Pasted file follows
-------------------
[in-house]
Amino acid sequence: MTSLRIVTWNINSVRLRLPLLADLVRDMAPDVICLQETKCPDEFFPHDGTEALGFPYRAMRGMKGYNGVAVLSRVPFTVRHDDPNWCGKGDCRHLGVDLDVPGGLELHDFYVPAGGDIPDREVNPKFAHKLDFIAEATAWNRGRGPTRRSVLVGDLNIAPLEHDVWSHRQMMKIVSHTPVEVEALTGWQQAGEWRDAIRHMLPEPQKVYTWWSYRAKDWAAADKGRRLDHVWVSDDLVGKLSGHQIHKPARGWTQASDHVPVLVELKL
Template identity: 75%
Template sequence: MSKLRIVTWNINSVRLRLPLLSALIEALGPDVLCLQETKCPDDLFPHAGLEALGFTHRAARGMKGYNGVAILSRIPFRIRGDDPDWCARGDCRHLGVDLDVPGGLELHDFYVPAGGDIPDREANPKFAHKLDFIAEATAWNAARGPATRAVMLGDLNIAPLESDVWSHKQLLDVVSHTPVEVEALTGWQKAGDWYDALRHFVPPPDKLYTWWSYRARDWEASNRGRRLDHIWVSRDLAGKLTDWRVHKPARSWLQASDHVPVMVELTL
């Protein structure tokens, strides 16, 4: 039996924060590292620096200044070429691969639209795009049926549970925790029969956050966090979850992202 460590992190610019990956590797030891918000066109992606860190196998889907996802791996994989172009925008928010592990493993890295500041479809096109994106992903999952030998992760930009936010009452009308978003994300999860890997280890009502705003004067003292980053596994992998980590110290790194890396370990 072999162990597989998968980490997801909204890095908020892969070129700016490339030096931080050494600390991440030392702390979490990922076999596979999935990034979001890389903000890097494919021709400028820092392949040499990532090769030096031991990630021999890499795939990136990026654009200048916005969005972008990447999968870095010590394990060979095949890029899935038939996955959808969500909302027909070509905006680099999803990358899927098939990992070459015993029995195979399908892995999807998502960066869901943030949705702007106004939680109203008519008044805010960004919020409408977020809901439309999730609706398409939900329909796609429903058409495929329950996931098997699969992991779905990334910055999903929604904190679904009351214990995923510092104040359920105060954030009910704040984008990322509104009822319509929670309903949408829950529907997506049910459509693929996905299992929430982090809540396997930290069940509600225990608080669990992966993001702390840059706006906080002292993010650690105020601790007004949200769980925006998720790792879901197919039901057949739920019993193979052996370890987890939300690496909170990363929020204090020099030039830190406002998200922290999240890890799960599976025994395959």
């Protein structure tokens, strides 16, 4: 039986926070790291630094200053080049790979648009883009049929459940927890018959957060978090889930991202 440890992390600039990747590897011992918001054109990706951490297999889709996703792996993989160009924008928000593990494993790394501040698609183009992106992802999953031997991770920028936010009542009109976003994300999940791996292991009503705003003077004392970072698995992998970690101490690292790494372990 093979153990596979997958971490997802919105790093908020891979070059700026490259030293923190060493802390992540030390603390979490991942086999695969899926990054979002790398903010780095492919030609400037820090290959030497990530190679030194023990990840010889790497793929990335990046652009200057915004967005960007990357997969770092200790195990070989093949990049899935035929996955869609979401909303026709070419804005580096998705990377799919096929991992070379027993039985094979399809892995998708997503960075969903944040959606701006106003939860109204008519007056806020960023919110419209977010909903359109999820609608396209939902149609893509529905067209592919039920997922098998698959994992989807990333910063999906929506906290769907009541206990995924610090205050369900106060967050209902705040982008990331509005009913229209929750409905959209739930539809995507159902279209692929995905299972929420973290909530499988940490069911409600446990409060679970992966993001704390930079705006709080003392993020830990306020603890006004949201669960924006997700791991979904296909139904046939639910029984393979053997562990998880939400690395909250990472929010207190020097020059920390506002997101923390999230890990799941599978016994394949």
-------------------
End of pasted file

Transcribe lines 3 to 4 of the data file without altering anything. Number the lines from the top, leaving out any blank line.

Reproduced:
Template identity: 75%
Template sequence: MSKLRIVTWNINSVRLRLPLLSALIEALGPDVLCLQETKCPDDLFPHAGLEALGFTHRAARGMKGYNGVAILSRIPFRIRGDDPDWCARGDCRHLGVDLDVPGGLELHDFYVPAGGDIPDREANPKFAHKLDFIAEATAWNAARGPATRAVMLGDLNIAPLESDVWSHKQLLDVVSHTPVEVEALTGWQKAGDWYDALRHFVPPPDKLYTWWSYRARDWEASNRGRRLDHIWVSRDLAGKLTDWRVHKPARSWLQASDHVPVMVELTL